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Lumina Foundation is supporting efforts in nine states as part of a new national grant program to help develop next-generation approaches to higher-education quality assurance and improvement.
This is great news for all of us who have watched the stakes continue to rise for those seeking the opportunity that comes with access to high-quality learning beyond high school. These states are trailblazers working creatively to exercise responsibility for advancing quality and equity. They were chosen from a large pool of 23 state entities responding to Lumina’s Request for Proposals last year.
Using a variety of approaches, each of the nine projects has prioritized serving today’s students better by addressing inequities in their systems. All are seeking to design or implement new systems that will use better data to approve new college programs and review the quality of existing programs. Among several approaches these states are taking to improve program quality and produce more equitable outcomes:
We expect each state to make progress on its own agenda and serve as an example for other states and higher-ed systems. This is critical for students and for an educational system increasingly under scrutiny by families, funders, and employers. Many are questioning the cost and effectiveness of higher education at exactly the moment when states need more, not fewer, individuals to attain high-quality credentials.
Disturbingly, about six in 10 Americans in a recent Pew survey say the country’s higher education system is going in the wrong direction. Of those who believe that, more than two-thirds say one reason is that college graduates are not getting the skills they need to succeed in today’s rapidly changing workplace.
The Lumina grantees in this project are:
In total, Lumina is investing more than $2 million in this effort with grants to the individual states ranging from $100,000 to $350,000.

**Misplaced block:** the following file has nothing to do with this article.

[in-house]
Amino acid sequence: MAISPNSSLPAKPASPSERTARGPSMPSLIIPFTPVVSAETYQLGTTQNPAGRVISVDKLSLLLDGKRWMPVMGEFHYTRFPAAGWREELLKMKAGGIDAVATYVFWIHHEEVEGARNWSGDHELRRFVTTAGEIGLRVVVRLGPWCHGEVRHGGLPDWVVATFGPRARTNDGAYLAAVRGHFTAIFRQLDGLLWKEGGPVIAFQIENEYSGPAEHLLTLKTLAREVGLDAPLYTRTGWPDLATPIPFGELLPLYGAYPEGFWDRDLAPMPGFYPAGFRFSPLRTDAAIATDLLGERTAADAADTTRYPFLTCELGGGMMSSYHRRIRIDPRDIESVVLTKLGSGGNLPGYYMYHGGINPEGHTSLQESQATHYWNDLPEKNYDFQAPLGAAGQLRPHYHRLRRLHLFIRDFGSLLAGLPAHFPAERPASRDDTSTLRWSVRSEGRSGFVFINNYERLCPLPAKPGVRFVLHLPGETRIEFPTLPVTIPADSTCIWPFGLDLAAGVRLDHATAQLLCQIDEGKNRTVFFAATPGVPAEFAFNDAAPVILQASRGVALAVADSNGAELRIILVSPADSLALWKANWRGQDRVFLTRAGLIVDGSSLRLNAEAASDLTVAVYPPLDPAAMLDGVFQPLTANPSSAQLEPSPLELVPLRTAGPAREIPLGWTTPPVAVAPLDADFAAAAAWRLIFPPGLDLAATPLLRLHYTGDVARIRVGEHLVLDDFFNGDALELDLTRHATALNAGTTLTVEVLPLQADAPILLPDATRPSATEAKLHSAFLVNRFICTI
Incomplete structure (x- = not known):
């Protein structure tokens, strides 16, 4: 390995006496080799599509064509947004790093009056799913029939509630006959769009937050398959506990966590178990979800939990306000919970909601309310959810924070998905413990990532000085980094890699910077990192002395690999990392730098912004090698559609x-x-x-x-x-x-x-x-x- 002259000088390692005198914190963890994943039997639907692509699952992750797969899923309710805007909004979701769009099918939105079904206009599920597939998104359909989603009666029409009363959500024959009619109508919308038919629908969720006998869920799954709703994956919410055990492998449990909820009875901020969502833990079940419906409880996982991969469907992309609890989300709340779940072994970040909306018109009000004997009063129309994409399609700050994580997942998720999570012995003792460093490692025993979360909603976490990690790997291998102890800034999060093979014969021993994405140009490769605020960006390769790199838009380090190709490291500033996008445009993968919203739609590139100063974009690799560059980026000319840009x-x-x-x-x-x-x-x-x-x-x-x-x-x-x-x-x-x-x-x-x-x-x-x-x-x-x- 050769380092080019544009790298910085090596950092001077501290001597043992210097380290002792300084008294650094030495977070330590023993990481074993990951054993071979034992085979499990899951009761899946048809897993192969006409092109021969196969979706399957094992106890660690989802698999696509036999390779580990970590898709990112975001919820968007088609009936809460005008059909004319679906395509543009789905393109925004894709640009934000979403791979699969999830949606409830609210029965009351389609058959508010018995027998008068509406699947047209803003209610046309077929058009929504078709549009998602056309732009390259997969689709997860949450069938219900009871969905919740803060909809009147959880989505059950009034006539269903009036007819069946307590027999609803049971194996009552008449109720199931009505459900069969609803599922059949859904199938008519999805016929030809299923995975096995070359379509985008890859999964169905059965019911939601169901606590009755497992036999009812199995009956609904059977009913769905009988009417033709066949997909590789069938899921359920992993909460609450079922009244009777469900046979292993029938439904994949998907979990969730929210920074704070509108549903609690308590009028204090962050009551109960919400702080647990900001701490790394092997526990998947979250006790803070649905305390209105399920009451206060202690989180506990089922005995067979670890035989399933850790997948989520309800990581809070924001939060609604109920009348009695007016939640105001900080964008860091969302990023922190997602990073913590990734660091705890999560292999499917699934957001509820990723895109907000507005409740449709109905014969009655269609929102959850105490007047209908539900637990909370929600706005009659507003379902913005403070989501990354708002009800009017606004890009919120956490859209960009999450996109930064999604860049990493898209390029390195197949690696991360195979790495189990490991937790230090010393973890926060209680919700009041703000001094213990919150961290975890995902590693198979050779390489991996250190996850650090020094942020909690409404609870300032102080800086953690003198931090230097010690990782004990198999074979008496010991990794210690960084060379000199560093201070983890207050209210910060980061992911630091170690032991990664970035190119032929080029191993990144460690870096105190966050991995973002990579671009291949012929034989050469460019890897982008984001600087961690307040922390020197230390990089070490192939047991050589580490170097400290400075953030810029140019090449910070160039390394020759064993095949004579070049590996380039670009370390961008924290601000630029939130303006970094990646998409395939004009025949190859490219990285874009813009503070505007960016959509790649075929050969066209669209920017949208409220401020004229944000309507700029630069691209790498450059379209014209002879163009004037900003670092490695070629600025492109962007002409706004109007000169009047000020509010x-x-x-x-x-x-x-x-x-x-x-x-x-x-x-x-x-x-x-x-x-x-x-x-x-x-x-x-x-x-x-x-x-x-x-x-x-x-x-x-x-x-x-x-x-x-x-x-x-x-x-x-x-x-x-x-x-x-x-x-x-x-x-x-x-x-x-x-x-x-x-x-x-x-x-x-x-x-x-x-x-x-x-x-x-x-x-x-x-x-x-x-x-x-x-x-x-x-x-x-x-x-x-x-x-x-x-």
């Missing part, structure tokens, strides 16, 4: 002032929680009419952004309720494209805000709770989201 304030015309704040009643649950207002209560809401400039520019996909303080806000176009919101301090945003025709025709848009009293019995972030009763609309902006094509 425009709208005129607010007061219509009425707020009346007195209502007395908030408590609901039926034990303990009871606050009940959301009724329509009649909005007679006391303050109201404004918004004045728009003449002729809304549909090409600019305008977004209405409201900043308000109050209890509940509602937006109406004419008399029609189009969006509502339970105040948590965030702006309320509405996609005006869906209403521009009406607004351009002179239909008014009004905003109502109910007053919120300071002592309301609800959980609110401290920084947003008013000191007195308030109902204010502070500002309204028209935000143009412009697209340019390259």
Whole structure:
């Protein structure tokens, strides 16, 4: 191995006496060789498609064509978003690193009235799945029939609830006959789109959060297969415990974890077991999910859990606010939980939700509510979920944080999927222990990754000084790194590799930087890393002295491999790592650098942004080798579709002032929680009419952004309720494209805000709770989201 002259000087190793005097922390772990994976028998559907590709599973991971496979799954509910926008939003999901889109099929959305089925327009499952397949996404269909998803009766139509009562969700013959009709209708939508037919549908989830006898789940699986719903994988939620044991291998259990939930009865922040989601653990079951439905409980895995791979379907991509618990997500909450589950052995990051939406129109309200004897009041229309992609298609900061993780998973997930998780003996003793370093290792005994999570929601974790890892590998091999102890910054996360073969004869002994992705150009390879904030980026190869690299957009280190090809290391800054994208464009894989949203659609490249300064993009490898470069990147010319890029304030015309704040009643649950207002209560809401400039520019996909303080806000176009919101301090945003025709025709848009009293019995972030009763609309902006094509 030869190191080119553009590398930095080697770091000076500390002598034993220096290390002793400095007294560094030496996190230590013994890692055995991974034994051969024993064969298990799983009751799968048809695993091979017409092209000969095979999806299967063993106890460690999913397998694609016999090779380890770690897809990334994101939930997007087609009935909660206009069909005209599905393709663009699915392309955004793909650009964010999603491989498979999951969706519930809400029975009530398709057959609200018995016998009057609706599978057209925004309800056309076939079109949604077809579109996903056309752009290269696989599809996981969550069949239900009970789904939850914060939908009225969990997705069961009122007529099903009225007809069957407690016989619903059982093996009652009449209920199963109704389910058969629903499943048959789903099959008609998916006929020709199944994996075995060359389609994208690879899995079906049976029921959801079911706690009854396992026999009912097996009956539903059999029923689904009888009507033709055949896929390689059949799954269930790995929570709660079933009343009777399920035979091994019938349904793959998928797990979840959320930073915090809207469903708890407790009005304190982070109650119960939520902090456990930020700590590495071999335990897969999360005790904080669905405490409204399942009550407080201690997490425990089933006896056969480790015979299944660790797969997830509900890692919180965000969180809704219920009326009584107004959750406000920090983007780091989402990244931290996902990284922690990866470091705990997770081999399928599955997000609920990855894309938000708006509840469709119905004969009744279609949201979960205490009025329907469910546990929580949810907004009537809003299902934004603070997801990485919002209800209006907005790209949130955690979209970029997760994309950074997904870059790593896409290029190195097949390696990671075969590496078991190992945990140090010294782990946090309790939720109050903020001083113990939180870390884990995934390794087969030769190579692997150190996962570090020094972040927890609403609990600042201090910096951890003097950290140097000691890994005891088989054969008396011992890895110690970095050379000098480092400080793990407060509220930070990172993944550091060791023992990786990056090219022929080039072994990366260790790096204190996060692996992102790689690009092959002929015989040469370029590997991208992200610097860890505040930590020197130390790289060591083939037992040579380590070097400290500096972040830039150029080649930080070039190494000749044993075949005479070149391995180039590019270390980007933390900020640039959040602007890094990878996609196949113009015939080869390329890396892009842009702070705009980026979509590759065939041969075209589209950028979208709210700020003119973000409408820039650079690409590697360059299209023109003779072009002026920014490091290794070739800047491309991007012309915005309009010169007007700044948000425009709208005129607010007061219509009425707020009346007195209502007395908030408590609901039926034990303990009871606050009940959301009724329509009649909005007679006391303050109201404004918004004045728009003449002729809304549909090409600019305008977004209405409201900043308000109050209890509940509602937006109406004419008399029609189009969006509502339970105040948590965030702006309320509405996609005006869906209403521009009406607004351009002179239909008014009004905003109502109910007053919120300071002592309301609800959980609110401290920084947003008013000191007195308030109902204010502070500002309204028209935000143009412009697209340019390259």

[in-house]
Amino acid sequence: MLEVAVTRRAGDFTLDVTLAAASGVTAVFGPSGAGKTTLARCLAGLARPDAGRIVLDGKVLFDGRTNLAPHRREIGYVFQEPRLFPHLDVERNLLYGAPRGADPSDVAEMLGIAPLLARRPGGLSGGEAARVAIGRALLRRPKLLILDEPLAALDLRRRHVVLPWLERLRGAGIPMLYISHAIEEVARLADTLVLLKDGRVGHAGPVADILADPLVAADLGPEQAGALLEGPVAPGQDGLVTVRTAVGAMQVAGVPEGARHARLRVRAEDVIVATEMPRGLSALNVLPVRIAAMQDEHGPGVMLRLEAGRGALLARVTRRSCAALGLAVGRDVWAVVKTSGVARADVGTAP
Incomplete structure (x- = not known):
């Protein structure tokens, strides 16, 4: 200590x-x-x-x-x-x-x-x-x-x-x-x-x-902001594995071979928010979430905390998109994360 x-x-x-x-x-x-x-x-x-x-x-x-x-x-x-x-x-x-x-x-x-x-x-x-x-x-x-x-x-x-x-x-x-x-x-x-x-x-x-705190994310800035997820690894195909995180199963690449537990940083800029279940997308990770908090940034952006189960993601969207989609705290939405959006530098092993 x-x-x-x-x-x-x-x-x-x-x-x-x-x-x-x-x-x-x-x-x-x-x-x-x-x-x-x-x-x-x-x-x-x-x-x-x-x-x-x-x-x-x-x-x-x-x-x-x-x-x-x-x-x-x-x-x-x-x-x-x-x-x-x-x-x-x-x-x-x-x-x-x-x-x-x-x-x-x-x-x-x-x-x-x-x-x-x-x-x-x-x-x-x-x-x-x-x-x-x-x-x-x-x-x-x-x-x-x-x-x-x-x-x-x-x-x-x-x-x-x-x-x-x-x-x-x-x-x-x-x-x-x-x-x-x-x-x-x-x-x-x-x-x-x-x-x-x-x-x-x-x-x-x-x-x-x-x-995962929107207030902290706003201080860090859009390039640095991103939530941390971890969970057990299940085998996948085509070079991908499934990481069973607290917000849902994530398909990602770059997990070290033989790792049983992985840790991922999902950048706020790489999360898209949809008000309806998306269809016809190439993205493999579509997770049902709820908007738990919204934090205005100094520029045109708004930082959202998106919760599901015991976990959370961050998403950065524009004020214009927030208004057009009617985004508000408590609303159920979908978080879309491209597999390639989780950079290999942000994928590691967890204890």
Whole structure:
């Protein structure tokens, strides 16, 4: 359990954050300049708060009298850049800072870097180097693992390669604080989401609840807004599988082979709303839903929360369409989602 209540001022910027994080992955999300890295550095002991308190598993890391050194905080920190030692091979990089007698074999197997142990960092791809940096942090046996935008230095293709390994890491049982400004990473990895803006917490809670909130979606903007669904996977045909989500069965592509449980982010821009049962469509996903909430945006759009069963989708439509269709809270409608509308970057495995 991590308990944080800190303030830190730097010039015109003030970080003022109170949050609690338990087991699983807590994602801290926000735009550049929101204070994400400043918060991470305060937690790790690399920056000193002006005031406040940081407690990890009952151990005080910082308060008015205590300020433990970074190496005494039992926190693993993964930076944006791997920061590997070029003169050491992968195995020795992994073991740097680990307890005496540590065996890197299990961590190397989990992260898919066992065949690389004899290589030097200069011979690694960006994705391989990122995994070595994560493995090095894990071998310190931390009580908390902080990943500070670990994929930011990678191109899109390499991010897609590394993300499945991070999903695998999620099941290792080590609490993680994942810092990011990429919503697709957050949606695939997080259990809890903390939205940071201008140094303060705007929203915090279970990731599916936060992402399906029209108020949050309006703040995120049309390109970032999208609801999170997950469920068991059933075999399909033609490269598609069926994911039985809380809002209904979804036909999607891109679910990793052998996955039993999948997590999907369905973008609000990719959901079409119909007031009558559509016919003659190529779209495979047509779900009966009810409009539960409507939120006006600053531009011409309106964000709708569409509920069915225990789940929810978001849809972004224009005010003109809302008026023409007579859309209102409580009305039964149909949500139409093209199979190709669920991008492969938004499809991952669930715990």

These projects are part of a broader Lumina effort to update our nation’s systems for defining, assuring, and improving the quality of learning beyond high school. As part of this broader initiative, Lumina formed a Quality Credentials Task Force that recently issued a report presenting a new “model to advance quality and equity in education beyond high school.” The report was designed to begin a national dialogue about reforms needed to help “meet the demands of today’s economy and labor force while also meeting the needs of today’s students for meaningful employment, satisfying lives, and civic engagement.”
The task force urged greater collaboration and coordination among the entities responsible for assuring quality in our credentialing landscape. It identified state leadership as particularly important in that effort.
The new grant program also builds on earlier work by the State Higher Education Executive Officers Association (SHEEO) which released a report last year developed with support from Lumina called “Quality Assurance and Improvement in Higher Education: The Role of the States.” The authors urged state leaders to: develop real partnerships among members of the traditional quality assurance triad (the federal government, state governments, and accrediting organizations); invest in data, tools, and people with dedicated responsibility for quality assurance; and make program review and state authorization meaningful quality assurance processes. Lumina is continuing its partnership with SHEEO, focusing on improving how states exercise their responsibility for authorizing institutions of higher education to operate.
Like any good crop, the projects funded by Lumina’s new grants will take time to mature. But we look forward to what they develop and how we can learn from these efforts to advance quality and equity for today’s students, and we anticipate sharing the best new approaches as early as next year.
Debra Humphreys is Lumina’s vice president for stakeholder engagement. Terri Taylor is the foundation’s strategy director for postsecondary finance.
Terri Taylor is the foundation’s strategy director for postsecondary finance.